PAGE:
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Monty Python and the Quest for the Holy Grail - Second "It" and More
When King Arthur returns to The Knights of Ni. The head Knight not only says "IT is a good shrubbery. I like the laurels particularly" But he then informs Arthur of the name change to "the Knights Who Say Ecky-ecky-ecky-ecky-pikang-zoop-boing-goodem-zu-owly-zhiv" and the quest of another shrubbery th head knight says "Then, when you have found the shrubbery, you must place IT here beside this shrubbery" Also after declaring the name change, the knights continue to say Ni and Head Knight says "I cannot tell, suffice to say is one of the words the KNIGHTS OF NI cannot hear. I thought they were now the Knights of Ecky-ecky-ecky-ecky-pikang-zoop-boing-goodem-zu-owly-zhiv.
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Special Requirements: i dunno
Contributed By: Anonymous on 11-28-2000 and Reviewed By: Webmaster
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stacie_yates writes:
Notice the Knights only react badly when OTHER people say "it", just as earlier they didn't howl when they themselves said "ni". Apparently saying "ni" and hearing "ni" were two different things, so the same rules seem to apply to "it". And I suppose you could argue that they are still the Knights OF Ni (assuming Ni is supposed to be a place), just no longer the knights who SAY Ni. Even at the beginning of the scene, they claim to be keepers of other holy words, "Ni, Ping, and Nuu-wom", so evidently their pet phrases/words aren't the only thing that got them their name. Besides, part of the joke is the fact that the Head Knight can't get it through to the rest of the knights that they're no longer supposed to be saying "ni". In the script, available at , the Head Knight tries to shush them when they keep spouting "ni" because they're so excited about the two-tiered shrubbery with a path between.
12 of 18 found this helpful. Did you? Yes
jtmichaelson writes:
Reading all of the comments on the subject gives me the pleasure that all of the Pythons set out to do. Their initial goal in their comedy is to make you as confused as you are laughing. They wanted you to scratch your heads. And this here proves it. The Knights Who Say Ni is a wonderful display of collective writing on the part of the Pythons who usually, as much on film as they did on TV, improvise the most classic lines and ideas as they went along. The coconuts was actually John Cleese's idea the day after filming began. The Knights Who Say Ni was planned entirely different than what originated on the screen. It was their ploy to market themselves and judging from the commentaries here they did their job and they did it well.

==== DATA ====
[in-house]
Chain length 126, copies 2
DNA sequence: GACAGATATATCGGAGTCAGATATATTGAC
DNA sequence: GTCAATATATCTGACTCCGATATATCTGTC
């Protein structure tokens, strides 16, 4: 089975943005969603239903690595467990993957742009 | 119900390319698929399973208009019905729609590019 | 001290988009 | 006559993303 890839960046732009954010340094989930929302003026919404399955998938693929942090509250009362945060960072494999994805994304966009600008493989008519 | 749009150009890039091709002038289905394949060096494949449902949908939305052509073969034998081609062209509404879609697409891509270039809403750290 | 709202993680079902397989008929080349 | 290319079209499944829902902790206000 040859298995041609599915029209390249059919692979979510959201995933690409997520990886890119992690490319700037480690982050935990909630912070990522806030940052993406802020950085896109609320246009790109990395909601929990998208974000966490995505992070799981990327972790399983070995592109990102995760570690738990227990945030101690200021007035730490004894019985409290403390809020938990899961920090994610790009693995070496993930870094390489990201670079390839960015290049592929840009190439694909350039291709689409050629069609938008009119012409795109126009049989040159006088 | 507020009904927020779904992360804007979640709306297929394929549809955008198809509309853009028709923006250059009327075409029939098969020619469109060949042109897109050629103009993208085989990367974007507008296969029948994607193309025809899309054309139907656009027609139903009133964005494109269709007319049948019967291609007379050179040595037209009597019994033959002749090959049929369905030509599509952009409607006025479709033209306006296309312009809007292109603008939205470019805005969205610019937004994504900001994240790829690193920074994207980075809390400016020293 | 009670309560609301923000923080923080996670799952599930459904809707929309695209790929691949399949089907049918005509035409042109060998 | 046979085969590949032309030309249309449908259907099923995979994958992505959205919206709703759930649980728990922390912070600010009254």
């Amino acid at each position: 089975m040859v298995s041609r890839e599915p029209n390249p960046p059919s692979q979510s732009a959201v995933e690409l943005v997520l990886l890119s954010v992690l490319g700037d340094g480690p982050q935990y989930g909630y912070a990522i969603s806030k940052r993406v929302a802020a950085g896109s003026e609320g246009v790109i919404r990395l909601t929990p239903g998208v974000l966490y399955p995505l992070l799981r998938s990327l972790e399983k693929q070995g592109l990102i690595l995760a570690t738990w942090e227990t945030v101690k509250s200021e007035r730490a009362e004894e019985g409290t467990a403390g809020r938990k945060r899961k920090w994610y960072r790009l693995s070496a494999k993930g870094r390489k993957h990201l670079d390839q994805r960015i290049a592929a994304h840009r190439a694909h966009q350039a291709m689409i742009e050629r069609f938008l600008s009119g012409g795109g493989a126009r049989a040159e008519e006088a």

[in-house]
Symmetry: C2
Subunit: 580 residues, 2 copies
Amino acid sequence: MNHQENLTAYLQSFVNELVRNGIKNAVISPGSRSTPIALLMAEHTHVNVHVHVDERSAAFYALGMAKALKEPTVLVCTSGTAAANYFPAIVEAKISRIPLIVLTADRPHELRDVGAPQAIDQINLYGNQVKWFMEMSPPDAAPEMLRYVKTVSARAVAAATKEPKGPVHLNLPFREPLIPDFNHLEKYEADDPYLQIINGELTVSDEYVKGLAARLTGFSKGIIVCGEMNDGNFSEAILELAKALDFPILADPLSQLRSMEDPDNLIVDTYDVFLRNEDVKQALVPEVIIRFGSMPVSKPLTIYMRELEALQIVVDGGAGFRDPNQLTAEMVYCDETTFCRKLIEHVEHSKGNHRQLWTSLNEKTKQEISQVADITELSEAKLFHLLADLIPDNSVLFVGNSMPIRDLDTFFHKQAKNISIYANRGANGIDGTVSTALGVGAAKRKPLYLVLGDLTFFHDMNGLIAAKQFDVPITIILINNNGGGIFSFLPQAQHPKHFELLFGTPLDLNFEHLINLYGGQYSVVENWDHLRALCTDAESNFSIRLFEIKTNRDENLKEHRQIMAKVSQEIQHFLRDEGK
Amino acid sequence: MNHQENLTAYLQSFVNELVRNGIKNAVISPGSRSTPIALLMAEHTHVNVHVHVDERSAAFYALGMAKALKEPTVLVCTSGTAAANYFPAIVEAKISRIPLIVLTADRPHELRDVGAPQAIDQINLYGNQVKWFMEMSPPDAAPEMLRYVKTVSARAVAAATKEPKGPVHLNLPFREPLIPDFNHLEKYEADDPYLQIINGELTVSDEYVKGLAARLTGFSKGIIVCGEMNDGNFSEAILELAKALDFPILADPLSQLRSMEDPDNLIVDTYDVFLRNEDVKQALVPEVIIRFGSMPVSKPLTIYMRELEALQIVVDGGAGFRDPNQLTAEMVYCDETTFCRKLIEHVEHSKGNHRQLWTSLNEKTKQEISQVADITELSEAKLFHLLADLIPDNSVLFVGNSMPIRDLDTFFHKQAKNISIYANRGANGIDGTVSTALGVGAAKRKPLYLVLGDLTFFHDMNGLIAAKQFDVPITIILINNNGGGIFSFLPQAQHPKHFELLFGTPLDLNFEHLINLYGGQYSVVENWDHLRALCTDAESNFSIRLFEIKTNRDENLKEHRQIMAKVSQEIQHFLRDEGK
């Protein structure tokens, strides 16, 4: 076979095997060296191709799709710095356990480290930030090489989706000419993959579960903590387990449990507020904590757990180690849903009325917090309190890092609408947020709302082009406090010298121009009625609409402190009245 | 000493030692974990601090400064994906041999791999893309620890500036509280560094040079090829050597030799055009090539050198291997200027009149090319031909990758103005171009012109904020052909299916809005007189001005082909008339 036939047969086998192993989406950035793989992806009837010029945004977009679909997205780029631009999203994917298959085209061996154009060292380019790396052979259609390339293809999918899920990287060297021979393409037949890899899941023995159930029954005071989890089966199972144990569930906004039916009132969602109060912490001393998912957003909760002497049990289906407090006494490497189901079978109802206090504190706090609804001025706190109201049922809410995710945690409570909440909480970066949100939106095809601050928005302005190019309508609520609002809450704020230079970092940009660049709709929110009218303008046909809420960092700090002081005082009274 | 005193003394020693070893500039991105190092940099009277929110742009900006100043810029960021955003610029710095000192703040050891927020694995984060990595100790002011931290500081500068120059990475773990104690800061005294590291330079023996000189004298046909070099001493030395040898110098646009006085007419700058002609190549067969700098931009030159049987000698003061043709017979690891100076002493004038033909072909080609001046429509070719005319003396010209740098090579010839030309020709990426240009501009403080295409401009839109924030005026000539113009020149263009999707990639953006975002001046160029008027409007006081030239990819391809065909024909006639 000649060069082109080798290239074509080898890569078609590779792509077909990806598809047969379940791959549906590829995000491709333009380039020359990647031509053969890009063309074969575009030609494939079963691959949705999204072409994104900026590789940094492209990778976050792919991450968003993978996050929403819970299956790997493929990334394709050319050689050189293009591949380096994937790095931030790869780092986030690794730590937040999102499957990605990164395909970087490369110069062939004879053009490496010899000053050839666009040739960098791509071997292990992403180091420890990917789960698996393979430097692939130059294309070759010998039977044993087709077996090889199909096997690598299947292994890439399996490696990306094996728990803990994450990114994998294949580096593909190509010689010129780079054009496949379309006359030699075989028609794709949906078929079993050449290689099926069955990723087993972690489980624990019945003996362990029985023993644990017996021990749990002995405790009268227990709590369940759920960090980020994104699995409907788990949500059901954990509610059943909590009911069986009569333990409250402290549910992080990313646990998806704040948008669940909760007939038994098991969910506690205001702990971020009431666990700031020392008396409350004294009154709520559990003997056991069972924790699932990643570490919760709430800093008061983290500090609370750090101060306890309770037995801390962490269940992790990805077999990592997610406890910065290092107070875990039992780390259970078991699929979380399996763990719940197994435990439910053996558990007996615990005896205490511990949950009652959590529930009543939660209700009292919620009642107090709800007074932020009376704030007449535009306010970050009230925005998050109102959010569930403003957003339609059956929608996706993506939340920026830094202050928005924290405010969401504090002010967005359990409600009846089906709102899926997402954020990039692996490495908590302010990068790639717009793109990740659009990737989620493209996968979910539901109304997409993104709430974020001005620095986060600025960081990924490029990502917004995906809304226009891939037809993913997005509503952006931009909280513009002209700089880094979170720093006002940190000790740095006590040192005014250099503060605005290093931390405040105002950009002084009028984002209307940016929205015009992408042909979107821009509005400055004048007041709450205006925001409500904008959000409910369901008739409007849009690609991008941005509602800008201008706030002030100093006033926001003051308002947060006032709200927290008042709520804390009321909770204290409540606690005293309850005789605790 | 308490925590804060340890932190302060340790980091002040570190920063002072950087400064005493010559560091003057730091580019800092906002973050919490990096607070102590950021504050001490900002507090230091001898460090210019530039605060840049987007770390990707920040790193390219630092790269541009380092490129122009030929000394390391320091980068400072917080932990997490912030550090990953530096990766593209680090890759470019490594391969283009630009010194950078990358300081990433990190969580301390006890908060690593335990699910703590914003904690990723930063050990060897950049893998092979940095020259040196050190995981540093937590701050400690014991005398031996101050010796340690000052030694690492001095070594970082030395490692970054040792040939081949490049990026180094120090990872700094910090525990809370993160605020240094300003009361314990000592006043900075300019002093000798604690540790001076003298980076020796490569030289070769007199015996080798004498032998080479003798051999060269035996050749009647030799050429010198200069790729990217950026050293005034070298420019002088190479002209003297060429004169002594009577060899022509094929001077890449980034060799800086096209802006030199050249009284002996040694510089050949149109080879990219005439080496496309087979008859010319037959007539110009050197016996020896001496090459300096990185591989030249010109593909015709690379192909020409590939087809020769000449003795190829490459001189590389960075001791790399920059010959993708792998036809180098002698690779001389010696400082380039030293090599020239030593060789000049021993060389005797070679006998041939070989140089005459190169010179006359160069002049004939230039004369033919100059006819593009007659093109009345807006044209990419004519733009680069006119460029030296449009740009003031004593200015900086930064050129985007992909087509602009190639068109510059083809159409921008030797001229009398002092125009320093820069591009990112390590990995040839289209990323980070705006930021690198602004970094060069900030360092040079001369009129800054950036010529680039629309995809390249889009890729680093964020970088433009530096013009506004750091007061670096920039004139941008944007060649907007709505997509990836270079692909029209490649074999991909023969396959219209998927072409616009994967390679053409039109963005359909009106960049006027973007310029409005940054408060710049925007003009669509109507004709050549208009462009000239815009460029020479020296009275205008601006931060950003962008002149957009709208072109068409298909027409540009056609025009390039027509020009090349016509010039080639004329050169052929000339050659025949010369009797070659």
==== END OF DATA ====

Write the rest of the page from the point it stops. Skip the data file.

4 of 4 found this helpful. Did you? Yes
AustinFromAustinland writes:
Actually, the Knights who until recently said Ni writhe in pain no matter who says "it." After Brave Sir Robin runs into Arthur in the woods where they met the knights, he says "it" a lot and the head knight goes "Aaahh he said it! he said it again! Oh I said it! i said it again!" and all the other knight in the background were screaming and covering their heads even when it was the head night who said the forbidden word.
4 of 5 found this helpful. Did you? Yes
mebeevilmantaray writes:
Everybody else has missed another time King Arthur has said IT in front of the Knights who say NI. When he first meets the keepers of the word, they say 'If you want to pass through this forest, there is one thing you must do' or something like that. Then King Arthur says 'What is IT you want?' And the knights don't even flinch, They just go on and say the want a shrubbery.
2 of 2 found this helpful. Did you? Yes
SpecialKB writes:
The rule about saying "Ni" and hearing "Ni" does apply, but the same rule must not apply for "it" because at the end of the scene, the head knight keeps saying "oh, now I said it", and "oh, I said it again". So apparently saying "it" does harm the knights who oh so recently said "Ni".
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booboo writes:
I noticed this too, and it is either a slip- up or you were meant to notice it, as part of the comedy. I think it's the latter, because how could someone write the script and not notice that they were writing the dreaded word?
0 of 0 found this helpful. Did you? Yes
Yavanna writes:
booboo, I think this is actually a slipup. Consider exactly how common the word 'it' is. It's entirely possible to use it several times in one sentence and never notice it unless you read it very carefully. Let's see, that was...four uses in one sentence.
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sonofahamster writes:
There are definitely several times when the Knights don't react to the word "it," some of which I think are even after they have mentioned that they "cannot hear" it. Whether this is accidental or not I guess we will never know.
0 of 0 found this helpful. Did you? Yes
cbak writes:
I must slightly correct jtmichaelson. Although the group improvised for cost cutting purposes for this slice of genius, they almost never improvised on screen. They were very strict at adhering to scripts.
0 of 0 found this helpful. Did you? Yes

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